V for Vendetta is a milestone. Maybe not a big marker, but a milestone nonetheless. It is anti-establishment redux.
Three years ago V for Vendetta would never have been released. it's about a man who blows up government buildings. But in the last three years the landscape has changed; skepticism -- which was exiled from the public scene -- has begun a slow recovery.
This is not to say that the voices of skepticism ring loud and clear. They usually don't. Too often skeptic Bill Maher sounds more like Red Skelton -- snickering and preening -- than Mort Sahl. And the fallacious "fair and balanced" has trumped skepticism again and again.
But V for Vendetta reopens a paved-over path. And the fact that it is part of popular culture and has had a successful run so far -- opening number one at the box office -- suggests that something new perhaps is afoot.
V for Vendetta was adapted by the Wachowski Brothers from the graphic novel by Alan Moore and illustrated by David Lloyd. The Wachowskis are most known for writing and directing The Matrix trilogy. This time out they only wrote the screenplay; they assigned Jim McTeigue to direct. McTeigue was first assistant director on the three Matrix movies.
Moore has taken his name off the movie because the Comics company that published his grapic novel never gave him ownership of V for Vendetta as he was assured they would. Unfortunately the novel never went out of print which was the stipulatrion for ownership reverting to him. It seems the rancorous Moore may have cut off V's nose to spite his face.
The Wachowskis have done other surgery. The change that the Wachowskis have made that most offends Moore's devotees is that they have changed Moore's anarchism to their own liberalism. Moore is a self-described anarchist; the Wachowskis are not. They have shifted the major conflict from the book's fascist government versus an anarchist into the movie's fascism versus liberalism. Anarchy is not big box office.
Moore's V for Vendetta occurs in 1997 and is the story of a man who is out to destroy the Fascist order that has been imposed on England. This protagonist calls himself V and wears a porcelain Guy Fawkes mask. Guy Fawkes was the radical who tried unsuccessfully to blow up the House of Lords in 1605.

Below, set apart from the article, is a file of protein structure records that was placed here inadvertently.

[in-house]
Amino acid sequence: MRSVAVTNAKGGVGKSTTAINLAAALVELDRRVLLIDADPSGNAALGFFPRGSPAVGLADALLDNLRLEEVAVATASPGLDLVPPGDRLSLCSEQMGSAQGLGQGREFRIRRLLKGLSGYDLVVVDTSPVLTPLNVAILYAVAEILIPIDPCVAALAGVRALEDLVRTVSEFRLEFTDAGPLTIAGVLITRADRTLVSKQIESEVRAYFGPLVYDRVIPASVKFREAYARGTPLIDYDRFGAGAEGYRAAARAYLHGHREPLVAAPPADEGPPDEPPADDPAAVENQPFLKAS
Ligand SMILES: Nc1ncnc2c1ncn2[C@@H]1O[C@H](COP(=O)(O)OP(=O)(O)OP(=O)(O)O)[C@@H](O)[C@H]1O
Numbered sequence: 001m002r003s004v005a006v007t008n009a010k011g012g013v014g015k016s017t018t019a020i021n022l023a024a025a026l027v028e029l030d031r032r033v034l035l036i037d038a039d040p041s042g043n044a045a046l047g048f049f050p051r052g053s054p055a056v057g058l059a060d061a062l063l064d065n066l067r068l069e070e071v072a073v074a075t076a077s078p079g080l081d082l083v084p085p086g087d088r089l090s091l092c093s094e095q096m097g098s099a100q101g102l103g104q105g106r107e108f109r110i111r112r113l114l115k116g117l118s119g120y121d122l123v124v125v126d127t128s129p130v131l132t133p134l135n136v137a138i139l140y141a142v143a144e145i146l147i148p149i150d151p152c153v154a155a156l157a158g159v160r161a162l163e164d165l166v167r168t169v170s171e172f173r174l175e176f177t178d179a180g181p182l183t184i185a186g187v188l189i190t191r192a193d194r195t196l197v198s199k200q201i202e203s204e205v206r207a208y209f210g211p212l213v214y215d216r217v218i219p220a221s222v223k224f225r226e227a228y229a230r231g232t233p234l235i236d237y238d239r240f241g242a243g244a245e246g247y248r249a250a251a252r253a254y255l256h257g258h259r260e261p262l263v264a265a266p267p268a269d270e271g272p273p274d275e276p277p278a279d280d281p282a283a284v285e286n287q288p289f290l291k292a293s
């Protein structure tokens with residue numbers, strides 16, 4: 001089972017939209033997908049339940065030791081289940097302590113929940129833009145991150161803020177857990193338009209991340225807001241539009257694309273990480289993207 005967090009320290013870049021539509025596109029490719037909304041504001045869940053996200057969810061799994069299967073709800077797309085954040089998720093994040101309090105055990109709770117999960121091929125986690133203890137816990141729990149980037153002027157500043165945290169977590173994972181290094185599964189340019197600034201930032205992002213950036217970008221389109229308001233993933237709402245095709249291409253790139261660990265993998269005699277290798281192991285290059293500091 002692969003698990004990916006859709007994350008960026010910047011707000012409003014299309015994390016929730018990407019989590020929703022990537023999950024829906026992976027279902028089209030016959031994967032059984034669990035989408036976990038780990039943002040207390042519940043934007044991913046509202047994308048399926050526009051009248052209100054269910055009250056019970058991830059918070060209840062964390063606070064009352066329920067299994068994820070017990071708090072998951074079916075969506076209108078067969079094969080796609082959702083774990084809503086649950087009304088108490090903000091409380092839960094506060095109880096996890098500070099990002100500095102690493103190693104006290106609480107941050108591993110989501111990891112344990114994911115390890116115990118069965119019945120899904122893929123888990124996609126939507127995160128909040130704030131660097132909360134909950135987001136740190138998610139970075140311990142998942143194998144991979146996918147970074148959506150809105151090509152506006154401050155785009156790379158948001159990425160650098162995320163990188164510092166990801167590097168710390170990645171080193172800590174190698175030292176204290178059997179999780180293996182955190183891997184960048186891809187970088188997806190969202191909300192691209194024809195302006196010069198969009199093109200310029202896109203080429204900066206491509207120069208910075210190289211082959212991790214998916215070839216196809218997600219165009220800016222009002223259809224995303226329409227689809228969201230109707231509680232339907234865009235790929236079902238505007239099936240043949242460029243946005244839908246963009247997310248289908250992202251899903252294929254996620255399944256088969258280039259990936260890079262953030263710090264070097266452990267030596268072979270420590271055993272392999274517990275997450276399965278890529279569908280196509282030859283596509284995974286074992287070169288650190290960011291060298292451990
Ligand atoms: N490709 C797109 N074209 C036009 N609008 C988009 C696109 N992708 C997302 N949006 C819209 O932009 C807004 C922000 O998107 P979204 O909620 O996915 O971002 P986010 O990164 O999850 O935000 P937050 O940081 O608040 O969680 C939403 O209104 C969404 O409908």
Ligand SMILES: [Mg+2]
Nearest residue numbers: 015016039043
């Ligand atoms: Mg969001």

Moore told GIANT magazine, "They're making too much of this Guy Fawkes thing. Guy Fawkes was not a freedom fighter; he was a religious fanatic." For Moore, V is not a hero; he is "a force." Moore declares, "... I was just using Guy Fawkes as a symbol, without really any reference to the historical Guy Fawkes."
But the Wachowskis change V into a freedom fighter. The modern V (masked but not constrained Hugo Weaving), with the help of a young woman (the inimitably appealing Natalie Portman), tries to accomplish the task at which Guy Fawkes failed, and take it further.
The Wachowskis also update the plot from 1997 to around 2020.
Another major change that they make is that they don't blow up parliament at the beginning as happens in the graphic novel. Instead the Wachowskis have the Old Bailey explode at the beginning. This changes the context.
The Wachowskis have added V's love of the movie The Count of Monte Cristo with Robert Donat, which informs V with swashbuckling romanticism. To keep it pristinely romantic, they don't have V and the young woman have sex as they do in the graphic novel.
And, if the Wachowskis are involved, you can be sure religious allegory is just around the bend. Moore has one character named Adam, another named Evey, and a redemptive figure who comes out of an ordeal -- the Wachowskis have him stretch out his arms. This had to be absolutely irresistible for the Brothers.
For all their transformations, they come up with a movie that is entertaining and may pique our sensibilities.
Indeed the movie V for Vendetta is anti-Establishment -- an almost forgotten concept from the 1960s-1970s. V for Vendetta is refreshing deja vu for those of us brought up on The Graduate, One Flew Over the Cuckoo's Nest, All the President's Men, Nashville, and all the films of alienation, rules broken, and systems challenged.
Times and attitudes change. When I was teaching college students in the 1980s, I once asked who among them was anti-Establishment. Not a single person in the class was.
When I showed The Graduate -- which had once occasioned great applause -- at the end as Ben and Elaine fled on a bus, my students asked. "Where are their things?"
I doubt if audiences seeing V for Vendetta will ask, "Where are their things?"
Given the potential rebirth of skepticism, they may ask other questions.
For a change of pace, you might want to listen to interviews that I conducted in the 70s and 80s, some of which were published in my book Voices from the Set: The Film Heritage Interviews (2000).
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